Of course, Maury and Jerry don’t do shows about the rampant social injustice that produces the people who show up on their stages. Judges Judy and Joe Brown and the authorities on Divorce Court don’t adjudicate on the political-economic abandonment of the inner city or the corporate globalization that destroys jobs, families, and communities.
 
They all profit, however, from the personal and group crises and the desperate and self-destructive behaviors that are so naturally endemic among the “dysfunctional” people stuck on the wrong sides of these forces and processes. 

The second richly authoritarian idea “taught” by Maury and Jerry et al. holds that the ordinary populace is too stupid, vile, savage, selfish, atavistic, and ignorant to be trusted with the possession of any particular power in “democratic” America.

The prolific left intellectual and media critic Noam Chomsky probably wouldn’t be caught dead watching Maury Povich if he could help it. Like most left intellectuals (myself included), he engages dominant media primarily through its upper-end news and commentary outlets: the New York Times, the Wall Street Journal, the Financial Times, and the Washington Post etc. Interestingly enough, however, Maury, Jerry, and the rest are excellent disseminators of a notion that Chomsky rightly places at the heart of the venerable thought-control project of the corporate master class: “the people who are supposed to run the show” (the society’s power elite) must “do so without any interference from the mass of the population, who have no business in the public arena” (Noam Chomsky, Imperial Ambitions: Conversations on the Post-9/11 World [New York, NY: Metropolitan Books, 2005], p. 21).

“No business in the public arena”…except as angry and tragic circus-freaks who deserve their position at the bottom of America’s steep socioeconomic pyramids.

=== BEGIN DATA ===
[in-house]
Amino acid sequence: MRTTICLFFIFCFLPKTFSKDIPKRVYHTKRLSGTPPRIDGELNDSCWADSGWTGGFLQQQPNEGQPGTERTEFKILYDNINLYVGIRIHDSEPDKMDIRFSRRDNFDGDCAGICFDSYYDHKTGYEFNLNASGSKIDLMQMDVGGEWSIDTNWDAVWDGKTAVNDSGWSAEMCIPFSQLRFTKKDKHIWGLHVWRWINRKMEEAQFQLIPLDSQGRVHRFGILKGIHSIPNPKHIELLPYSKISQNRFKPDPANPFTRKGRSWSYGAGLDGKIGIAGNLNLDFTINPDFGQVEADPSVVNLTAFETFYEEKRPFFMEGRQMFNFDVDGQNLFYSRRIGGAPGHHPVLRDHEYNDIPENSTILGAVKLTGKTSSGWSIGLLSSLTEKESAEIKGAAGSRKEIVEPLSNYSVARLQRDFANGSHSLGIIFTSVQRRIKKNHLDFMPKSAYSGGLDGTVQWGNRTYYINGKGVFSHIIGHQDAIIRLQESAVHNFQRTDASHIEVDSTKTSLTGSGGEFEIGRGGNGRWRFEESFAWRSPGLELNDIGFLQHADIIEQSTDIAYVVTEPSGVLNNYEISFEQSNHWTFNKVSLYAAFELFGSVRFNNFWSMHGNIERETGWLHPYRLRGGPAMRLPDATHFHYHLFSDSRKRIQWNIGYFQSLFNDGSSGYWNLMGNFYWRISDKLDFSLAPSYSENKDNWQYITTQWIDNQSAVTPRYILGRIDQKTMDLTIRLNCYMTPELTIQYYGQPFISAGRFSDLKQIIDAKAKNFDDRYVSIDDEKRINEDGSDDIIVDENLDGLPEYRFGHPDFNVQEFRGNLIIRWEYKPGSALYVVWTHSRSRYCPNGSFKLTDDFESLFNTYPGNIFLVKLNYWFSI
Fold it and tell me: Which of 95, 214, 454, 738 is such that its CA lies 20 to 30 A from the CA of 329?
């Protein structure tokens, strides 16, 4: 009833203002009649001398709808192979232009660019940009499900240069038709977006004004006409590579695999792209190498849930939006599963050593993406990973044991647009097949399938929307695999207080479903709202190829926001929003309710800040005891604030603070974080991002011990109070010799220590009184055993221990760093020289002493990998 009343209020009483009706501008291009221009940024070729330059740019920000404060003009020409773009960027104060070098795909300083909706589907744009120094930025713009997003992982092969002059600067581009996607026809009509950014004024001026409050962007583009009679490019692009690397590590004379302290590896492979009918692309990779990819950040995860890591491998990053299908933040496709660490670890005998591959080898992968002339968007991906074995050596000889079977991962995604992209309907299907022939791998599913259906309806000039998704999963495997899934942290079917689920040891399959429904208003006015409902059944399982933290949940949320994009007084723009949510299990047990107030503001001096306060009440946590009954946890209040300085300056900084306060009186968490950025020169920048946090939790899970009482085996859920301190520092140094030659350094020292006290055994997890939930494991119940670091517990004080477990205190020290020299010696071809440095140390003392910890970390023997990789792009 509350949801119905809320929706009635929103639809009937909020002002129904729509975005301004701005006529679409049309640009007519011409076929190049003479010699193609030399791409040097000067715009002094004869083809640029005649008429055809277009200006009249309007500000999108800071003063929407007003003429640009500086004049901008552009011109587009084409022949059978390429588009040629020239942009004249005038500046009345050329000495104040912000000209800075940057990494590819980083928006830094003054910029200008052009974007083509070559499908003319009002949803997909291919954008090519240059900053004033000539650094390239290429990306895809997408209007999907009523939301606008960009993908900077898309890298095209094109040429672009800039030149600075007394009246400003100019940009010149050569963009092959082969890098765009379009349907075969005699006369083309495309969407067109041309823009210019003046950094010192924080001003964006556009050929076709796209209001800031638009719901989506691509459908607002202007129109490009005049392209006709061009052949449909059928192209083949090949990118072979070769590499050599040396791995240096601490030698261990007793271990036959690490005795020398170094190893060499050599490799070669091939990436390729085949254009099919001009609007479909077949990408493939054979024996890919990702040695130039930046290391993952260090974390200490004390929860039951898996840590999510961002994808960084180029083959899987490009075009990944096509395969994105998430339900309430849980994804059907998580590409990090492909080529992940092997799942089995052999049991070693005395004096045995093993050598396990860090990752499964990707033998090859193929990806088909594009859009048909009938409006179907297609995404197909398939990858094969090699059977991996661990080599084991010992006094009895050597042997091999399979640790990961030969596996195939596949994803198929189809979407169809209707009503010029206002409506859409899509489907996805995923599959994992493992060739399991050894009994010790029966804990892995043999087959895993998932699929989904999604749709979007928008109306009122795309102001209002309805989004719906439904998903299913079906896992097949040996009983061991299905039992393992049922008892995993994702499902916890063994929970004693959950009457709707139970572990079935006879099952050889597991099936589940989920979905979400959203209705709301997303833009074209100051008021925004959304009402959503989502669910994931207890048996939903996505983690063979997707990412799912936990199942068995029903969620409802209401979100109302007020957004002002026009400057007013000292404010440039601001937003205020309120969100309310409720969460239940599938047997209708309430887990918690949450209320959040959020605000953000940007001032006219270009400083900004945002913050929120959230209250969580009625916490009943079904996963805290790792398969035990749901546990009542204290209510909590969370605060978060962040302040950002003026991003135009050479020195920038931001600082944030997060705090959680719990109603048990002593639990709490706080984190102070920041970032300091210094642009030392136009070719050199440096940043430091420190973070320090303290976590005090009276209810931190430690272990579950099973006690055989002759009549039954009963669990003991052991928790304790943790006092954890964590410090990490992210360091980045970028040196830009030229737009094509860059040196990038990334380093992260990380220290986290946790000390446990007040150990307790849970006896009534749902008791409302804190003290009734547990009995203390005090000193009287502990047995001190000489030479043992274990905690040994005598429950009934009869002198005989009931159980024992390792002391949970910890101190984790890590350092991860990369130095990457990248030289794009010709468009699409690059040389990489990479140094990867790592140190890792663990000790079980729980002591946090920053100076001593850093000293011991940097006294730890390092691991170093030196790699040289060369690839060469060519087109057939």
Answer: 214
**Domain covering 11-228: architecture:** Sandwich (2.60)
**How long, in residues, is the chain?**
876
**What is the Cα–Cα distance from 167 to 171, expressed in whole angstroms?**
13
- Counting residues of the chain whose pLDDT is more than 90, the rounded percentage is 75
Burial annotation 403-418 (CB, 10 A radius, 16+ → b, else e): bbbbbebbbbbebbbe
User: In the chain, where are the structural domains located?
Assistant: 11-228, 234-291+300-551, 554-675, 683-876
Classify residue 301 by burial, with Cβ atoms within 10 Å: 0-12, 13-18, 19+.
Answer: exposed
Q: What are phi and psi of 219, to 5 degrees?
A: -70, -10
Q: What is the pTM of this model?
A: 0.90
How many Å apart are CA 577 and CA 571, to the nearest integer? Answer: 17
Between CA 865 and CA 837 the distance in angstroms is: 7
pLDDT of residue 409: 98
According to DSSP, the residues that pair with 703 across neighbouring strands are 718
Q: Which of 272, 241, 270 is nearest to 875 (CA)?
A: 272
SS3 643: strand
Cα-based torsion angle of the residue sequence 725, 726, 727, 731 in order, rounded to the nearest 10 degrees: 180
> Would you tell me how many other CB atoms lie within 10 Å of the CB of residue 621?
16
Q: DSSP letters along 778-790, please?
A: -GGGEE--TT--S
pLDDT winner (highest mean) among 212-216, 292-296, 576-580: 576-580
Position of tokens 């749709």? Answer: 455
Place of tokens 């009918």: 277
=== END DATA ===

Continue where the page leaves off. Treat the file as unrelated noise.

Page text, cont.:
The mass populace that appears on Maury and Jerry (both on stage and in the audience) is more than merely unfit to rule. It is a modern-day embodiment of the wretched, unruly, and childish “mob” – the dangerous and all-too “masterless” and “many-headed monster” – that aristocrats have always claimed to see when they describe the common people. It is proof of the classic authoritarian and self-interested ruling-class idea that the ordinary citizenry is unqualified for freedom and must always be checked, coerced, and manipulated from above. It is evidence for the venerable bourgeois thesis that “human nature” is essentially nasty, violent, disagreeable, and brutish. Especially at the bottom of the supposedly merit-based socioeconomic pyramid, this thesis maintains, civilization’s majority is composed of ignorant and boorish louts.  That thankless rabble must be controlled for their own good and the good of society by benevolent, far-seeing masters, who are supposedly less tainted with humanity’s inherent inner savagery. 

To be sure, it’s hardly just on the daytime freak-shows that these viciously hierarchical ideas find modern media expression. These oppressive notions are ubiquitous in various forms (especially in crime dramas) across the spectrum of America’s corporate-crafted “popular culture,” with authoritarian consequences that deserve serious consideration by progressive media critics and activists. They color the content of numerous situational dramas and comedies as well as pseudo-documentarian law-enforcement shows like the dangerously repression-friendly broadcast “COPS.”

Specific shows aside, the “manufacture of [mass] consent” to the shocking concentration of American wealth and power takes place just as significantly in the entertainment media as well as in the news and public affairs media that preoccupies most left media critics and activists.

Paul Street (pstreet@niu.edu) is the author of Empire and Inequality: America and the World Since 9/11 (www.paradigmpublishers.com) and Segregated Schools: Educational Apartheid in the Post-Civil Rights Era (New York, NY: Routledge, 2005).